The Spanish Film Academy has made the surprising decision of putting forward Agusti Villaronga’s post Spanish Civil War drama Black Bread (Pa Negre) as Spain’s entrant for the foreign-language Oscar, snubbing Pedro Almodovar’s critically acclaimed film The Skin I Live In.
“To win the Oscar would be fabulous because Agusti deserves it,” says Isona Passola, the producer of Black Bread, which is about a young boy living in a small Catalan village who uncovers dark secrets from the past. “After seven years of not filming it, he finally managed to rescue the project from the depths. He’s also managed to capture a new audience outside of his regular faithful viewers of his previous films.”
Black Bread is unlikely to be perceived as an undeserving entrant, and its nomination isn’t a total surprise as the film swept the board at the Goyas, Spain’s equivalent to the Oscars, earlier this year.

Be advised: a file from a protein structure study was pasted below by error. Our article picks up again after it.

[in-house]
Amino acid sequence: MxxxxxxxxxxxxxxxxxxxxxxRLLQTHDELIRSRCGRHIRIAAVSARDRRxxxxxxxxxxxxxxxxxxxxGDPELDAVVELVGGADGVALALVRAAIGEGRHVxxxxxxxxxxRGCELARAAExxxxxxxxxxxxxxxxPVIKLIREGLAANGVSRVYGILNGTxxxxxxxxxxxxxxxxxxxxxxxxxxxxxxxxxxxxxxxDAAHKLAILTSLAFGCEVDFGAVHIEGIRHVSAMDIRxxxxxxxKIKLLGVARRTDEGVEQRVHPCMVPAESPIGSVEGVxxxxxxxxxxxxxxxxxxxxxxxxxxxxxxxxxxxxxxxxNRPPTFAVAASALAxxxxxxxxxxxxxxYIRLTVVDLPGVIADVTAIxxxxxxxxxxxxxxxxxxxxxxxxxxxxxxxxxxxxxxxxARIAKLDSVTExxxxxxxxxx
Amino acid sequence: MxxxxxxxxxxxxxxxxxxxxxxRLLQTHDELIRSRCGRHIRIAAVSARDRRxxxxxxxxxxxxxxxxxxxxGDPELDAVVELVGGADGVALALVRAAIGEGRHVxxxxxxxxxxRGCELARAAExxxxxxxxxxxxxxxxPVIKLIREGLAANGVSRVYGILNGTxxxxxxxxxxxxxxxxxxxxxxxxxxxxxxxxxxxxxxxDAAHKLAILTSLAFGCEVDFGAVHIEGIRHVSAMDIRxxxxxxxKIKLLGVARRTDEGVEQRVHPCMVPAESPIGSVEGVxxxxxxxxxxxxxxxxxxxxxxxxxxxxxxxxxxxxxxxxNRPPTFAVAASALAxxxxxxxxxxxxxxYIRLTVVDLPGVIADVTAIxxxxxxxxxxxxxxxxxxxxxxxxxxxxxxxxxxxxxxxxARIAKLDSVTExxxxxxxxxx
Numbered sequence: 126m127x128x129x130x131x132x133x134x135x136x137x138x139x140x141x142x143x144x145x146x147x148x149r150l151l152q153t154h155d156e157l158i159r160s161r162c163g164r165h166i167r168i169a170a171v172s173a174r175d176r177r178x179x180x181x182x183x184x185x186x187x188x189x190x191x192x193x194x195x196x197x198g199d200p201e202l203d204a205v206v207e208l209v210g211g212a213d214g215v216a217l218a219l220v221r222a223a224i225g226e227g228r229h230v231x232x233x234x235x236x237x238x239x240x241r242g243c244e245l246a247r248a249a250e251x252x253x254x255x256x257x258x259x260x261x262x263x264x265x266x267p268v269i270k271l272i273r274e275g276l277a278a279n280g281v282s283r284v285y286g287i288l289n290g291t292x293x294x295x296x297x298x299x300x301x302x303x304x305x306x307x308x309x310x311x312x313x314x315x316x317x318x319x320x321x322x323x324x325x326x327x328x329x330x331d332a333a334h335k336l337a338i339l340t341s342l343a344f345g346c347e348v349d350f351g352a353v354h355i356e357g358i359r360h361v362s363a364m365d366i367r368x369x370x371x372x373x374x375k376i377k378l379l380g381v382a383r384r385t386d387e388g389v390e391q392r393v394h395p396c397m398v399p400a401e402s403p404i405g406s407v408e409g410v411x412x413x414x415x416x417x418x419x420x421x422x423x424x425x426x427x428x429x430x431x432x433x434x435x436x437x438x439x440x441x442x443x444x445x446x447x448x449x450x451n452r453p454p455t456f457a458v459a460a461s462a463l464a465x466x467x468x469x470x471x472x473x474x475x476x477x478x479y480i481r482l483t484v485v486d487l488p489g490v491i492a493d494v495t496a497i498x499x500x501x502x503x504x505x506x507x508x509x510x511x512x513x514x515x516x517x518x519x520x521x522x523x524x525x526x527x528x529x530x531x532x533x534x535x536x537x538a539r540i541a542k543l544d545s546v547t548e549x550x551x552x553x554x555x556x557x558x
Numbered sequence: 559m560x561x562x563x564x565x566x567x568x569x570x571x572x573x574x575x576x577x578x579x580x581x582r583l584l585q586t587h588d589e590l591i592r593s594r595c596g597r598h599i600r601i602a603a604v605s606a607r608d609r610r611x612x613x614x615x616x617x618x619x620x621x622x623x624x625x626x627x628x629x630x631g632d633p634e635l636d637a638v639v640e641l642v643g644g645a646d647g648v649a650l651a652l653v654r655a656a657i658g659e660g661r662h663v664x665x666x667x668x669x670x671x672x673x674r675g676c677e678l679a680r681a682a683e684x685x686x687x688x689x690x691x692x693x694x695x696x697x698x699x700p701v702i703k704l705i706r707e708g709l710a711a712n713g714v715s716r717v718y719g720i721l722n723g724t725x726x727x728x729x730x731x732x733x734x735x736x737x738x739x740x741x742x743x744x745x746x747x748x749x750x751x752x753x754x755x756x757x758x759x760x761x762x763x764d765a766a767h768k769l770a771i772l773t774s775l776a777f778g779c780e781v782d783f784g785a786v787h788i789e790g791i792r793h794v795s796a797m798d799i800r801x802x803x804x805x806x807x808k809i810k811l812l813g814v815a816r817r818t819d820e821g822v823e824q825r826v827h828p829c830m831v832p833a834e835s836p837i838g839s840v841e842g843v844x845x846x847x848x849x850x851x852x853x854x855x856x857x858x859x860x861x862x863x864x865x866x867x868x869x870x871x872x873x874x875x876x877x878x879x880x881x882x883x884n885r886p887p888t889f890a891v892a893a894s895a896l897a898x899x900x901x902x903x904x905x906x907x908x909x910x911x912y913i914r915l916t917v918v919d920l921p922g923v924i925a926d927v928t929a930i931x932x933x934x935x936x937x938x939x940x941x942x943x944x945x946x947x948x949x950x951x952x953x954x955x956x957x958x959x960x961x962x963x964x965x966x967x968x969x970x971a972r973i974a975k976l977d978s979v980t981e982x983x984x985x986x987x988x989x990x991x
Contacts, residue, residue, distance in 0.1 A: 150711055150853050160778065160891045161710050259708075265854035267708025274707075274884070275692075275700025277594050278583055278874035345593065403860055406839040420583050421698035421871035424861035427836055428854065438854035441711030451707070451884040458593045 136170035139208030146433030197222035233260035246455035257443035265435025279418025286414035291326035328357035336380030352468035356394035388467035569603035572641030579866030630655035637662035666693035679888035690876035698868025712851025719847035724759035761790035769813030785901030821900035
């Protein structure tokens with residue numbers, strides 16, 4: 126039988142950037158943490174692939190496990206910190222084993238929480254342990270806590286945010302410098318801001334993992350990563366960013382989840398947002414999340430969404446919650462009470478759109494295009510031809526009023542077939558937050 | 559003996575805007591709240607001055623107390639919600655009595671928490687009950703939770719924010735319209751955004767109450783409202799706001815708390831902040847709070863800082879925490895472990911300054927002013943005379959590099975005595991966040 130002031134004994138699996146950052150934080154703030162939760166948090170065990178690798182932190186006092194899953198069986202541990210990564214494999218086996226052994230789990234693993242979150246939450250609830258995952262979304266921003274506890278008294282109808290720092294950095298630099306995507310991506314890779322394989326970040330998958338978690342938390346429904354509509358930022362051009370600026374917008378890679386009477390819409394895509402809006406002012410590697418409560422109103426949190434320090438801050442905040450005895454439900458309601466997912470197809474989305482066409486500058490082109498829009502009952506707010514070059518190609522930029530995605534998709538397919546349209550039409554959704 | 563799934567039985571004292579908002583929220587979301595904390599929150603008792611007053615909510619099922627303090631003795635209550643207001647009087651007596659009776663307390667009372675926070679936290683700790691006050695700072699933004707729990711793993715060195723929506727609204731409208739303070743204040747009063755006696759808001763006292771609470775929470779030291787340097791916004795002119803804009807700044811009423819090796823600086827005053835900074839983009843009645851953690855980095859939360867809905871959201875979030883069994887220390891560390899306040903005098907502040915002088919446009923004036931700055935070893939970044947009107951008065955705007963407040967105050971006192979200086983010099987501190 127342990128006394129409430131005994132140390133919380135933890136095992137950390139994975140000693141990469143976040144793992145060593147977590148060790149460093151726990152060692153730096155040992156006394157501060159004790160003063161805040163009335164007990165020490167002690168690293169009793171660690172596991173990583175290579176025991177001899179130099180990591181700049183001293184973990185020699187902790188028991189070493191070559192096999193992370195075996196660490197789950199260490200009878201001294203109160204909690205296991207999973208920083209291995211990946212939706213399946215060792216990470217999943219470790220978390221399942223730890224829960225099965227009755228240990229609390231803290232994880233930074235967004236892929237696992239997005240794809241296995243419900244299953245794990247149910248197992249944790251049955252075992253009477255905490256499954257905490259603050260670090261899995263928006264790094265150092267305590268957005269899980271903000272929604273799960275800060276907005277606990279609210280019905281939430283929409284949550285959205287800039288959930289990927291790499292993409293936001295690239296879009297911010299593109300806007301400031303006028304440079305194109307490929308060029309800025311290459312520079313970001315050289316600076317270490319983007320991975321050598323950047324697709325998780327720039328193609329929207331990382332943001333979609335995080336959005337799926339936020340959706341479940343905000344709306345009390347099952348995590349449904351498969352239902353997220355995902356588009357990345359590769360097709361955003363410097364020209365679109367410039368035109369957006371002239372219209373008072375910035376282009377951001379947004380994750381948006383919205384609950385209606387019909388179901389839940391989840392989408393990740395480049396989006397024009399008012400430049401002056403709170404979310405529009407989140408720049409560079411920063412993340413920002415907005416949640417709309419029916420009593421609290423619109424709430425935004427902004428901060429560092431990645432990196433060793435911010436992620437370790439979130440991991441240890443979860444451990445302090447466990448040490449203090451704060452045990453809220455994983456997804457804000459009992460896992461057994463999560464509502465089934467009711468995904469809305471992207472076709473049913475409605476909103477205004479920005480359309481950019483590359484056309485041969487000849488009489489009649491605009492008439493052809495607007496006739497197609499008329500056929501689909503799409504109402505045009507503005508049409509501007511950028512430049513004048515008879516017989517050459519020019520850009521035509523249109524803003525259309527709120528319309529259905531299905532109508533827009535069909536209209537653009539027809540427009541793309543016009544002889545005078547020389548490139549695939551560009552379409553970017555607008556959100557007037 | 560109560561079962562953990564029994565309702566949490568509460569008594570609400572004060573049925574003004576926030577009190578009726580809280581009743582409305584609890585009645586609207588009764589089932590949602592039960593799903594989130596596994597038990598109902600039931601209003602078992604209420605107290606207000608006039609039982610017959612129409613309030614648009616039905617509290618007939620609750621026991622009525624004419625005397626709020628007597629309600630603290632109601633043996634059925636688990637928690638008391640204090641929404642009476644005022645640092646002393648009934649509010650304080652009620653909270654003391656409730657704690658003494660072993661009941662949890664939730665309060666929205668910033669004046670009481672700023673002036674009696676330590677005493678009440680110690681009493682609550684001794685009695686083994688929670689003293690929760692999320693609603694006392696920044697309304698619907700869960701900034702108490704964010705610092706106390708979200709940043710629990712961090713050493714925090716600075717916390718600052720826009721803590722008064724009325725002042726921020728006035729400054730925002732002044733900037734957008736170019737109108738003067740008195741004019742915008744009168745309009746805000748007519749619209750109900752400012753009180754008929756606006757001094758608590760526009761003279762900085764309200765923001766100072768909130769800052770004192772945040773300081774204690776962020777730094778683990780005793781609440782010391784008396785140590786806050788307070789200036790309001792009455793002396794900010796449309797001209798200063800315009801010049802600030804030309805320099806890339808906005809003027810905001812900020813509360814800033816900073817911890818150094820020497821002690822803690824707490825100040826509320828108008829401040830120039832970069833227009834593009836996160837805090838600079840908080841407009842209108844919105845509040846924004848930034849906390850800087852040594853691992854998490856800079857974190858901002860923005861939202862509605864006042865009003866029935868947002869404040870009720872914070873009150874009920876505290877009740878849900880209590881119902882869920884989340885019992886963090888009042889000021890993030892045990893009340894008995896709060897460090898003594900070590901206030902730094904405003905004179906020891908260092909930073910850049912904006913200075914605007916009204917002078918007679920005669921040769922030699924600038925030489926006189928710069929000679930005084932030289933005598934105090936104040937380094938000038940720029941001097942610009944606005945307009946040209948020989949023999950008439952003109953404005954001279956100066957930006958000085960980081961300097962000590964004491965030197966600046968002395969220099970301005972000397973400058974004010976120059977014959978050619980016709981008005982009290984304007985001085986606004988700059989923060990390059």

But it was widely believed that Almodovar’s latest film, starring his old muse Antonio Banderas as a risk taking plastic surgeon, would be put forward after it was well received by the critics and is performing well at the box office. Plus his previous two films Volver and Broken Embraces had also been snubbed as foreign-language Oscar candidates, much to the surprise of many in the industry.
In a further interesting twist, Almodovar only returned as a member of the Spanish film academy earlier this year after a seven-year absence due to his protest over the voting system.
The other film to miss out on selection was Benito Zambrano’s drama Sleeping Voice (La Voz Dormida), also a post Spanish Civil War drama set in a prison where women are condemned to death for being anti-Franco, which world premiered at the San Sebastian film festival earlier this month.
Black Bread has also been put forward as Spain’s entrant for the Ariel awards in Mexico.